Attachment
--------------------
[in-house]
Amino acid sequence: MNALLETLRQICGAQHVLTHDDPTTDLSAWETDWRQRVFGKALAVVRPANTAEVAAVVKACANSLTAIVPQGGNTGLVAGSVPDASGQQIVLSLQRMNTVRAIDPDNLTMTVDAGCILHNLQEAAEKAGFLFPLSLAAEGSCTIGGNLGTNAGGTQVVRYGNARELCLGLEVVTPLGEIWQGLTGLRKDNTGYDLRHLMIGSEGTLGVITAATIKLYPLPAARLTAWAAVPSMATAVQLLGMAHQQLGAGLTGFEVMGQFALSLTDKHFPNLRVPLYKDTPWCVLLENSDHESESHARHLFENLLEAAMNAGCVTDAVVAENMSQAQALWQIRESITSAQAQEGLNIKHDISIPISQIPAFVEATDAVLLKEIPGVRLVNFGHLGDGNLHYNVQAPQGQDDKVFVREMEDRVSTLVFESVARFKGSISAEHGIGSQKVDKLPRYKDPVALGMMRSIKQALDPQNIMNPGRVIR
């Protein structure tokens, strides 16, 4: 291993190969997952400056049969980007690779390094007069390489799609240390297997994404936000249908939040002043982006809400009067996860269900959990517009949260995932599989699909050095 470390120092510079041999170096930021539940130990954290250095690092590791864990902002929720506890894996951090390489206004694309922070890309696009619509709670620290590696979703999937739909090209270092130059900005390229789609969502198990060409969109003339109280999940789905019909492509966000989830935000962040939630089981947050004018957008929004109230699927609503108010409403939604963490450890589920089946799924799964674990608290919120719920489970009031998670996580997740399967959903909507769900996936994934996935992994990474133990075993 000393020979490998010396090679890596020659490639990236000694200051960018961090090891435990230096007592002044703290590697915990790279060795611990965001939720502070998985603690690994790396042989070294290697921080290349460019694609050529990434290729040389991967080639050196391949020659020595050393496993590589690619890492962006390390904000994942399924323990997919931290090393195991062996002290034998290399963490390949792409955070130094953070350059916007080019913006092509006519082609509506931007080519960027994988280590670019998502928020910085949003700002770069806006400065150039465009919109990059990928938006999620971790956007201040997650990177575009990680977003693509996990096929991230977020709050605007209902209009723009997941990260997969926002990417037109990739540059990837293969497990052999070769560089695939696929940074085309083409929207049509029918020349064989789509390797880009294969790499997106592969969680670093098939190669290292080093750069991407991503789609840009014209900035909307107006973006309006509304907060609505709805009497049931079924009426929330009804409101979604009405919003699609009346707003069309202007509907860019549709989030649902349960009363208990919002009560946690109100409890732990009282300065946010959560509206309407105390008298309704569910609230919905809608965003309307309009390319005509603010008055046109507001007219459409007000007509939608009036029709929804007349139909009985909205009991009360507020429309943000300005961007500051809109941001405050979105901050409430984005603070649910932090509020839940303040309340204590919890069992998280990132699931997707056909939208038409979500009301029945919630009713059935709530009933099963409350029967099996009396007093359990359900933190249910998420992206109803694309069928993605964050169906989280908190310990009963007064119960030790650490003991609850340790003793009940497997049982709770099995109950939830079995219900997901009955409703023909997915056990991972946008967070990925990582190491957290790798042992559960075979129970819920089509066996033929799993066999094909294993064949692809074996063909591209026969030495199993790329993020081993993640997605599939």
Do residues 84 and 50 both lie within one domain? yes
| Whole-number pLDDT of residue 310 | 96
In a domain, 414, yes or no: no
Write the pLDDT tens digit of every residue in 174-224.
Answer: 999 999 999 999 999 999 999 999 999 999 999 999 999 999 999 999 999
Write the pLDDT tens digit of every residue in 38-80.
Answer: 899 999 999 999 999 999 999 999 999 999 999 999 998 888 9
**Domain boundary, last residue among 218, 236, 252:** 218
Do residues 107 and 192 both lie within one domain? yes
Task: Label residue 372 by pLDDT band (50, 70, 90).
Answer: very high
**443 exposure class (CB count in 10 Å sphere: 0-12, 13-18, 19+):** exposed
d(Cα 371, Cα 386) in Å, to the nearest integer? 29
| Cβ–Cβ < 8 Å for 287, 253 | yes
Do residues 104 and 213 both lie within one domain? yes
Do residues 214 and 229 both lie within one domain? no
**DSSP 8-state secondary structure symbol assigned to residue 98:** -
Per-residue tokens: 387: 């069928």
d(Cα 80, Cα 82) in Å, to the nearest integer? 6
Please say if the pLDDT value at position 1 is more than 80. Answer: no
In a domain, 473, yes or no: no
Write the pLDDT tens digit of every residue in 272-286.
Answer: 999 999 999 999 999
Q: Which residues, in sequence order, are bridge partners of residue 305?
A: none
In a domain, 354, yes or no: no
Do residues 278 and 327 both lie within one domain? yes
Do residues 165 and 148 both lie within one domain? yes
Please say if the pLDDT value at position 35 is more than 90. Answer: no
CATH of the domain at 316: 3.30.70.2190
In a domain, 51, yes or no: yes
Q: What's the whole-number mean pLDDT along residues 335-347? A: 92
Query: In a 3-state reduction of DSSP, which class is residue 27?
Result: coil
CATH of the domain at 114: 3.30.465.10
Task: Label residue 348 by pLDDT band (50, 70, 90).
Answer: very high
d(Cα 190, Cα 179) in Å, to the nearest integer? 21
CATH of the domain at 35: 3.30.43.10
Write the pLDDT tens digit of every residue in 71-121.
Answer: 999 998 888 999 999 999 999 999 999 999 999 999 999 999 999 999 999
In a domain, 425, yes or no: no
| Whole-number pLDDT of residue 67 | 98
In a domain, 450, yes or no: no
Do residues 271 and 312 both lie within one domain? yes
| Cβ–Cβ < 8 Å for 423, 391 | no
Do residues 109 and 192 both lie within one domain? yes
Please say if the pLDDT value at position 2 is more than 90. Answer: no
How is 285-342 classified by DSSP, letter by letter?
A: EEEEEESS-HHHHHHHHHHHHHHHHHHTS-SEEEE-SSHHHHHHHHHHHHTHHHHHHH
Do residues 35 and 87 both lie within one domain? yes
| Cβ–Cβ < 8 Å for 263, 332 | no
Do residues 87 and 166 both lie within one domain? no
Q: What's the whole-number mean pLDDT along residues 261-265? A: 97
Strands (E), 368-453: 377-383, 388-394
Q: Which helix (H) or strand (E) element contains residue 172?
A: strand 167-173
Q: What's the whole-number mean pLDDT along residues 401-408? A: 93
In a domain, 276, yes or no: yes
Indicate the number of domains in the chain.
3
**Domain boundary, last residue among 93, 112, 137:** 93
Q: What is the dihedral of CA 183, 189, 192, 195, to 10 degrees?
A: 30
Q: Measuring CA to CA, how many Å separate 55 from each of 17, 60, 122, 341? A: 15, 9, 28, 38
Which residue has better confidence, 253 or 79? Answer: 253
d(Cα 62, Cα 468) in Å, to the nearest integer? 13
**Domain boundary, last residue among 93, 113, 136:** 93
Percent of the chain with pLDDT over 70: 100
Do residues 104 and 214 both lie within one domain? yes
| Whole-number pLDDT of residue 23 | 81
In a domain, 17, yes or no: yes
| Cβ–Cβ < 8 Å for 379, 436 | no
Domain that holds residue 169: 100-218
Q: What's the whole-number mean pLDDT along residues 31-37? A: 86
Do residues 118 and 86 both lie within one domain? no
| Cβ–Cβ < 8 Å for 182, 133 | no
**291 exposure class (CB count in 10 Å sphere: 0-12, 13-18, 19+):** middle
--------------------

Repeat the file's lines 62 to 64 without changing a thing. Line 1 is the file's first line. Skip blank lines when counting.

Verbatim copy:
In a domain, 276, yes or no: yes
Indicate the number of domains in the chain.
3